There was video, though, and it told a different story. Henson’s son had been stopped after failing to yield to a pedestrian at a crosswalk with a flashing yellow light. He was polite, but the officer was that and more — almost deferential in his tone. In fact, despite Marcell’s admission that he also had marijuana and unprescribed Ritalin in his car, the officer issued a ticket only for the pot, saying he wouldn’t give him a moving violation because “I’m helping you out” (video below).

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(Note: To see the moving violation instigating the stop, watch this video.)

It cannot be overemphasized that the officer almost seemed to be walking on eggshells with Marcell, exhibiting extreme permissiveness with the young man. As Flaherty wrote, “‘If you have Ritalin on you, and it is not prescribed to you, that is a big violation and I would not want to do that to you,’ said the cop before letting the star’s son go on his merry way — without even testing him to see if he was under the influence of pot or Ritalin.”

Taraji Henson did ultimately apologize for her false claim, although the damage of divisive racism charges can never be completely undone. Next time the officer might want to remember that she’d perhaps feel better if her son got “the ticket for what he was pulled over for.”

Then there was the white police officer responding to a “burglary in progress” at a fire station in Oakland, California, last year. Upon arriving on scene, in one of the nation’s most dangerous neighborhoods at 11 p.m., he finds the station door wide open and sees in the darkness three shadowy figures. What was he to think? So he shouts “Put your hands up!”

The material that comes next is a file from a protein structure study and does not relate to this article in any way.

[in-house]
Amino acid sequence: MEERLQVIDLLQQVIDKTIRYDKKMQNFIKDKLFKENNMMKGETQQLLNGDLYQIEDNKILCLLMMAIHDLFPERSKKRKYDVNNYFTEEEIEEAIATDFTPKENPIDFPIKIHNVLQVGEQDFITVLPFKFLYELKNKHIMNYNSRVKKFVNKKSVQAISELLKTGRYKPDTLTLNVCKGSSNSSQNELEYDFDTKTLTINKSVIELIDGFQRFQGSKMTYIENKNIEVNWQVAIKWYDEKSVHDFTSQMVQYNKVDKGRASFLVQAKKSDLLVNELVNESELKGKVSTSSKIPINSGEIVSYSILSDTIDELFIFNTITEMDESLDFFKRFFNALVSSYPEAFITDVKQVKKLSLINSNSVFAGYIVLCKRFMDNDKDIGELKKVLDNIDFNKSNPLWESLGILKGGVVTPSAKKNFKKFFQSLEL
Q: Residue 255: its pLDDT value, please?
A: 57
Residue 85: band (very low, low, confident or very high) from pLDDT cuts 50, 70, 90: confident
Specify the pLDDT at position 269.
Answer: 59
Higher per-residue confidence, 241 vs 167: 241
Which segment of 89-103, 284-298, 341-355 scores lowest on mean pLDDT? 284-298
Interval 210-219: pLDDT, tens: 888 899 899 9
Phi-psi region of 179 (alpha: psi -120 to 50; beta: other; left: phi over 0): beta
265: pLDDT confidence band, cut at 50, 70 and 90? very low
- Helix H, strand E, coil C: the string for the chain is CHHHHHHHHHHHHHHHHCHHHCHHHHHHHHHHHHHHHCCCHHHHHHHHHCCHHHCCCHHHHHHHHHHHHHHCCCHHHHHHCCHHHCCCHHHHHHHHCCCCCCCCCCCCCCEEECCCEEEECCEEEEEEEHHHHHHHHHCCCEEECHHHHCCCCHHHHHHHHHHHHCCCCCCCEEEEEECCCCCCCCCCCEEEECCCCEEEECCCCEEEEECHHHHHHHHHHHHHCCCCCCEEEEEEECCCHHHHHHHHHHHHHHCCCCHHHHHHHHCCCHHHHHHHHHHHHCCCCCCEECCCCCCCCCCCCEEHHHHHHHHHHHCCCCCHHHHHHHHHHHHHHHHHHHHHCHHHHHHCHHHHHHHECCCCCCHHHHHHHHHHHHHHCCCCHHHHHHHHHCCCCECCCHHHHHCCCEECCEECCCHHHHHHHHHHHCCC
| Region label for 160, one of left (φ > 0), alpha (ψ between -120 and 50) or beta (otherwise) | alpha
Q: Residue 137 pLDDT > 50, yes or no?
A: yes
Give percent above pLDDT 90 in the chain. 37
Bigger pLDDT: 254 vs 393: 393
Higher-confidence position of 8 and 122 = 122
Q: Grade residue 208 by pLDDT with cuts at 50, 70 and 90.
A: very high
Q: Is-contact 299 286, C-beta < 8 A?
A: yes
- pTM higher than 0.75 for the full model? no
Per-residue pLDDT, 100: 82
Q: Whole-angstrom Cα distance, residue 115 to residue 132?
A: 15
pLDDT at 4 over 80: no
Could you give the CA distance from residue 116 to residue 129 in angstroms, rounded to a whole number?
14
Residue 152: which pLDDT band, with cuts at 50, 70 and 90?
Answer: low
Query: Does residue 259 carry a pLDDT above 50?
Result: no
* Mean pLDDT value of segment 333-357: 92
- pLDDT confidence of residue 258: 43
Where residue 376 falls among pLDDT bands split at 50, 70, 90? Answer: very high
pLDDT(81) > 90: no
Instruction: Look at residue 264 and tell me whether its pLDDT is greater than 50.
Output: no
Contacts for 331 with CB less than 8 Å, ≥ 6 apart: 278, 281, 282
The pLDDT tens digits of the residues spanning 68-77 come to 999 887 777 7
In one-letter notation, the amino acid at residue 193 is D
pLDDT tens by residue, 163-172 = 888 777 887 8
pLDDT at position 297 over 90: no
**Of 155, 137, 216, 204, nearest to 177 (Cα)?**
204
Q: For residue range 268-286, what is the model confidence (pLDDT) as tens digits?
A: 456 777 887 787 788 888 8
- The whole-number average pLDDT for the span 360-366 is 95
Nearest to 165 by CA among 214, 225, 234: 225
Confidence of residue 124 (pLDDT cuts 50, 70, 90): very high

In this case, however, the three people were an Oakland firefighter and his two young sons. As the fireman explained, someone must have left the door open when going out on a call, and the situation was quickly resolved. And that would have been the end of it, except, as Flaherty writes:

Soon after, the firefighter was describing his racist ordeal to local news. How the cop was rude. How the cop almost shot him and terrified his children and how the cop views all “black males as threats.”

The video tells a different story: Polite. Professional. And within minutes the officer had cleared up the situation. No threats of violence. No terror. Except for what the fireman instilled in his two young sons after the fact.

Lastly, there’s another story of an actress behaving badly. Daniele Watts from Django Unchained cried racism in 2014, claiming she was mistaken for a prostitute, humiliated, and mistreated by Los Angeles police merely because she was kissing her boyfriend. She took to Facebook to tell of her ordeal, and the ever-agitating media ate the politically correct story up. After all, white cop+alleged black victim=foregone conclusion. But as Flaherty reported:

The audio tape [in the video below] two days later put the lie to that: The cop was polite. Patient. Soft spoken. Watts was defiant and uncooperative and loud. “Do you know how many times police have been called because I am black,” she asked the cop, refusing to produce her ID.

“Thanks for playing the race card,” he replied. “I never hear that.”

Watts went on to threaten the cop with her dad, her publicist, her dying stepmom, and her studio.

In fact, Watts sounded very much like a spoiled brat, as she tried to leverage her celebrity status against the officer. Quite comically, she even exclaimed at 2:40 in the audio, "I know my rights.... I played a cop on TV!" Ultimately, photographs surfaced of Watts and her beau engaging in lewd conduct in their car— in broad daylight on a busy street. They subsequently pled guilty to disorderly conduct. Part of their sentence was that they had to write a letter of apology to the officer. But they were, apparently, unrepentant. As Flaherty also tells us, “In the letter, the couple said they were glad they were arrested because they drew attention to the problem of white racism in America.”